The recent spate of negative press hampering the Caparo T1 hasn't stopped the makers of the clichéd "road-going racecar" from releasing a host of details outlining the finer points of the T1's safety systems.
Although we've covered the entire gestation of the Caparo T1, we've yet to drive it. No surprise, as we'll be the first to admit that it outclasses us in every conceivable way. On the other hand, Nick Hall, the supercar scribe from across the pond, is one of the few motoring journos that actually has had seat time in the clichéd "Formula One car for the road." And although he hates that description, if the shoe fits...
We just can't get enough of the Caparo T1. We've surely bored you with all the stats -- performance figures, power-to-weight ratio and engineering geeketry -- but nothing compares to actually seeing the closest thing to a street-legal F1 car making the rounds on a closed circuit.
Click the image for more pics.
The folks over at Car procured a few shots of the Caparo T1 undergoing testing and have gleaned some interesting information about Gordon Murray's newest masterpiece.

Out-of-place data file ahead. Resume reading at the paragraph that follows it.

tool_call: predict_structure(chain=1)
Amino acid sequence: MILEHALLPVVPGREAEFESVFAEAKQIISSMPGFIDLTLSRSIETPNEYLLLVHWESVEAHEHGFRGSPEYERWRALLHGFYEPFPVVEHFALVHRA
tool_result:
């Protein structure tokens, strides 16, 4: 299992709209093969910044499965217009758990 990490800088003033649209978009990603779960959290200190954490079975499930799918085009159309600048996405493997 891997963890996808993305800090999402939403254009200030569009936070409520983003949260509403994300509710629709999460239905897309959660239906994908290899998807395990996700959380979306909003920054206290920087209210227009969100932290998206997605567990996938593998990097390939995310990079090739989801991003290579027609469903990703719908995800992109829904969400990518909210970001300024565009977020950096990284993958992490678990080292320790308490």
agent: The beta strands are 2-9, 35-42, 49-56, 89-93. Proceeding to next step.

Caparo Vehicle Technologies has achieved the monumental task of completing the first of two prototypes of its T1 supercar less than a year after the company was formed. We'll remind you that the T1 is a street-legal, ultralight F1-inspired racer designed by ex-McLaren engineers Ben Scott-Geddes and Graham Halstead. Powered by a 2.4-liter supercharged V8 rated at 500 horsepower, the T1 can reach 60 mph in just 2.5 seconds thanks to its low 1,100 lb. curb weight. The XP1 prototype car started unde
When it comes to exotic automotive composites, you won't find a bigger name than Gordon Murray. Murray who led the design team that birthed the McLaren F1 and who was up to his elbows in the development of the McMerc, has made the move to Caparo, producers of the T1 supercar.
April 20th will finally see the unveiling of the incredible Caparo T1 supercar at the Top Marques auto show in Monaco. When we posted the original design renderings of the car (then called the Freestream T1) back in February, many of our readers were skeptical that the car would ever see the light of day, but a refinancing of the company, now called Caparo Vehicle Technologies, seems to have provided the necessary resources to complete the project.